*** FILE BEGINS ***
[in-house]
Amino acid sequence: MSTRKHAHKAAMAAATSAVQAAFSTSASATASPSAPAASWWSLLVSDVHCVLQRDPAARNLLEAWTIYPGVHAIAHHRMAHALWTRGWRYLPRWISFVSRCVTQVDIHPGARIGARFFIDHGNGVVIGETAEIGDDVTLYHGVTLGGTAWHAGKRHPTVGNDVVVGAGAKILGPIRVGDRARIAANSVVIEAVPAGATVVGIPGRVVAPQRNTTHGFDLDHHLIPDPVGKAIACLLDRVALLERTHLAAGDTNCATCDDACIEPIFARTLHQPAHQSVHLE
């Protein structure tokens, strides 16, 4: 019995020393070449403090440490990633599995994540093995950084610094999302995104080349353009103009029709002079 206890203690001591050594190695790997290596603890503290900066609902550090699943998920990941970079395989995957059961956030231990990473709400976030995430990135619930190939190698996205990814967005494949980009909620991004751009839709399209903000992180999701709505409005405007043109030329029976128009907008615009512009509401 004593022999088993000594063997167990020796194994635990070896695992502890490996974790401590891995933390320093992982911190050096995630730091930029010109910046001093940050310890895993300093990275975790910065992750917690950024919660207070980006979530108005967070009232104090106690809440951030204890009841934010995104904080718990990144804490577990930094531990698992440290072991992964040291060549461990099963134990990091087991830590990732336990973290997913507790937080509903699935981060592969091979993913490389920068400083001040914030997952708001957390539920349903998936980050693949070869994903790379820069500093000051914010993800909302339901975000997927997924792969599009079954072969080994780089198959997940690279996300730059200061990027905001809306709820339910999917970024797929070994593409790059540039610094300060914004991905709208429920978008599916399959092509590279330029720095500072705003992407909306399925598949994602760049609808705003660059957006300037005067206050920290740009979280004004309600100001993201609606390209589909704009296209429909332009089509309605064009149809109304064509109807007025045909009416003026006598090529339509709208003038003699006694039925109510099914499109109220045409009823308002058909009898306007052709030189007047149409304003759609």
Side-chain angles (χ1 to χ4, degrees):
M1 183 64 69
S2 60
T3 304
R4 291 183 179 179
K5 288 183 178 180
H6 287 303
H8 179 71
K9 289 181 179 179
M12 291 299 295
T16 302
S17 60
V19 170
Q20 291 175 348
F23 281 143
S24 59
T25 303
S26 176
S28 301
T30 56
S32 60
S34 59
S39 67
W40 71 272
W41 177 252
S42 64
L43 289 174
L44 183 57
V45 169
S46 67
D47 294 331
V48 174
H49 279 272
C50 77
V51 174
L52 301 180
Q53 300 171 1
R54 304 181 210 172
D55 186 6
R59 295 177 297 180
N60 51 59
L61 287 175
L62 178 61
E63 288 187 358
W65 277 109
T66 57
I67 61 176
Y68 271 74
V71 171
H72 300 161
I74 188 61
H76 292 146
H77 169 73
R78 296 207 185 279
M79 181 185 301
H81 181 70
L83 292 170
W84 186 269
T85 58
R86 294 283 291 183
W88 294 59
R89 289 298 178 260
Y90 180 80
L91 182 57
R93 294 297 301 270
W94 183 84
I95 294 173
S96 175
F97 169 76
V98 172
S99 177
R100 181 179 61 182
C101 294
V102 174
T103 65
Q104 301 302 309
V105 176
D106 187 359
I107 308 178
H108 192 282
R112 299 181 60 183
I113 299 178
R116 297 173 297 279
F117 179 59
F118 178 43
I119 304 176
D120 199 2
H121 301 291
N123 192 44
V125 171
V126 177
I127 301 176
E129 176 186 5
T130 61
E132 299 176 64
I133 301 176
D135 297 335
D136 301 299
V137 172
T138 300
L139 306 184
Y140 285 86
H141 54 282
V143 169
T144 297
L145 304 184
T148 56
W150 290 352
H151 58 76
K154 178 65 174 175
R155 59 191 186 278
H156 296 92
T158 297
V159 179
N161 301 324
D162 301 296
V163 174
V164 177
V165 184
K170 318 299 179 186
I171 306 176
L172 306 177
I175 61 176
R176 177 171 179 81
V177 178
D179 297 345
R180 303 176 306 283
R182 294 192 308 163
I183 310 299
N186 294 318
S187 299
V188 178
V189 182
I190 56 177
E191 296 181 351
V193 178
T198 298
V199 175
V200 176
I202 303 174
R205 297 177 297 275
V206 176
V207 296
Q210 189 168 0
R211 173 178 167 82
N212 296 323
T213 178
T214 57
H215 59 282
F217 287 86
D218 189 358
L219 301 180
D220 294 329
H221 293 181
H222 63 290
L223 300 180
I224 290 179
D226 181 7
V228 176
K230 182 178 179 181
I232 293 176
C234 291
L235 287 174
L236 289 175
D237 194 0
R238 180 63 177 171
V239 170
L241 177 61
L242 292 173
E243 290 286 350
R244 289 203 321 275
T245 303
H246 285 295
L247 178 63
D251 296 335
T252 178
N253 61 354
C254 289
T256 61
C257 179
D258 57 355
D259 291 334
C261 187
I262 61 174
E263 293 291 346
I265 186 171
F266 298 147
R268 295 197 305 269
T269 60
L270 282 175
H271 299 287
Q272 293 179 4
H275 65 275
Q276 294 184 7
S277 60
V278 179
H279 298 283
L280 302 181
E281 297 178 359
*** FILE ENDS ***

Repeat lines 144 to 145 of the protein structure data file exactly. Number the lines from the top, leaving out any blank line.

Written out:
R205 297 177 297 275
V206 176